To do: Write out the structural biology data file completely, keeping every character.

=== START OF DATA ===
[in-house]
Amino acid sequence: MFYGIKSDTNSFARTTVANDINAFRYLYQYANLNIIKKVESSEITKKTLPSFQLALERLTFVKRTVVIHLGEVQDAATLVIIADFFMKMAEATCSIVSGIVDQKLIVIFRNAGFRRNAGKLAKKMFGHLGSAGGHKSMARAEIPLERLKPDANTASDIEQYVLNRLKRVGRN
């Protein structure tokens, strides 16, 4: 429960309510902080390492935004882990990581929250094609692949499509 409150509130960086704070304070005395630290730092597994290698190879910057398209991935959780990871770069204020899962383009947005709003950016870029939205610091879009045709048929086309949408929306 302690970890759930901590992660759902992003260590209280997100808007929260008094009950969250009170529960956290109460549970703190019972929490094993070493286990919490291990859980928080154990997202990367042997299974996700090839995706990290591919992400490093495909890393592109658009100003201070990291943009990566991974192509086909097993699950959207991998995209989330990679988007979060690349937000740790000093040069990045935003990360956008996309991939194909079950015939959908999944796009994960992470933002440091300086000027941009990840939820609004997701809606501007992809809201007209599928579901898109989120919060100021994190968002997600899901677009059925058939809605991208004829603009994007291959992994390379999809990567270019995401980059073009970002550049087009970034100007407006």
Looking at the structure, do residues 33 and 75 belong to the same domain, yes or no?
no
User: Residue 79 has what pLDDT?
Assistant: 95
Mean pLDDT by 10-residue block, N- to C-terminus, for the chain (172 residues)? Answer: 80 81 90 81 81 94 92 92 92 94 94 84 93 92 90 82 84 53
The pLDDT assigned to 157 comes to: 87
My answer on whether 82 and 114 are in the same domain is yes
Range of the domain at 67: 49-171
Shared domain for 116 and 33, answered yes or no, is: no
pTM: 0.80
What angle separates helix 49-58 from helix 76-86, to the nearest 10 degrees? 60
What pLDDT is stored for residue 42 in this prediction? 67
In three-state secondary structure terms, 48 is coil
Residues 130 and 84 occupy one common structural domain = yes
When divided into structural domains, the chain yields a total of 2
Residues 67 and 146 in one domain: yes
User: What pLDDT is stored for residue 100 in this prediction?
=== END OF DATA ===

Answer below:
[in-house]
Amino acid sequence: MFYGIKSDTNSFARTTVANDINAFRYLYQYANLNIIKKVESSEITKKTLPSFQLALERLTFVKRTVVIHLGEVQDAATLVIIADFFMKMAEATCSIVSGIVDQKLIVIFRNAGFRRNAGKLAKKMFGHLGSAGGHKSMARAEIPLERLKPDANTASDIEQYVLNRLKRVGRN
């Protein structure tokens, strides 16, 4: 429960309510902080390492935004882990990581929250094609692949499509 409150509130960086704070304070005395630290730092597994290698190879910057398209991935959780990871770069204020899962383009947005709003950016870029939205610091879009045709048929086309949408929306 302690970890759930901590992660759902992003260590209280997100808007929260008094009950969250009170529960956290109460549970703190019972929490094993070493286990919490291990859980928080154990997202990367042997299974996700090839995706990290591919992400490093495909890393592109658009100003201070990291943009990566991974192509086909097993699950959207991998995209989330990679988007979060690349937000740790000093040069990045935003990360956008996309991939194909079950015939959908999944796009994960992470933002440091300086000027941009990840939820609004997701809606501007992809809201007209599928579901898109989120919060100021994190968002997600899901677009059925058939809605991208004829603009994007291959992994390379999809990567270019995401980059073009970002550049087009970034100007407006």
Looking at the structure, do residues 33 and 75 belong to the same domain, yes or no?
no
User: Residue 79 has what pLDDT?
Assistant: 95
Mean pLDDT by 10-residue block, N- to C-terminus, for the chain (172 residues)? Answer: 80 81 90 81 81 94 92 92 92 94 94 84 93 92 90 82 84 53
The pLDDT assigned to 157 comes to: 87
My answer on whether 82 and 114 are in the same domain is yes
Range of the domain at 67: 49-171
Shared domain for 116 and 33, answered yes or no, is: no
pTM: 0.80
What angle separates helix 49-58 from helix 76-86, to the nearest 10 degrees? 60
What pLDDT is stored for residue 42 in this prediction? 67
In three-state secondary structure terms, 48 is coil
Residues 130 and 84 occupy one common structural domain = yes
When divided into structural domains, the chain yields a total of 2
Residues 67 and 146 in one domain: yes
User: What pLDDT is stored for residue 100 in this prediction?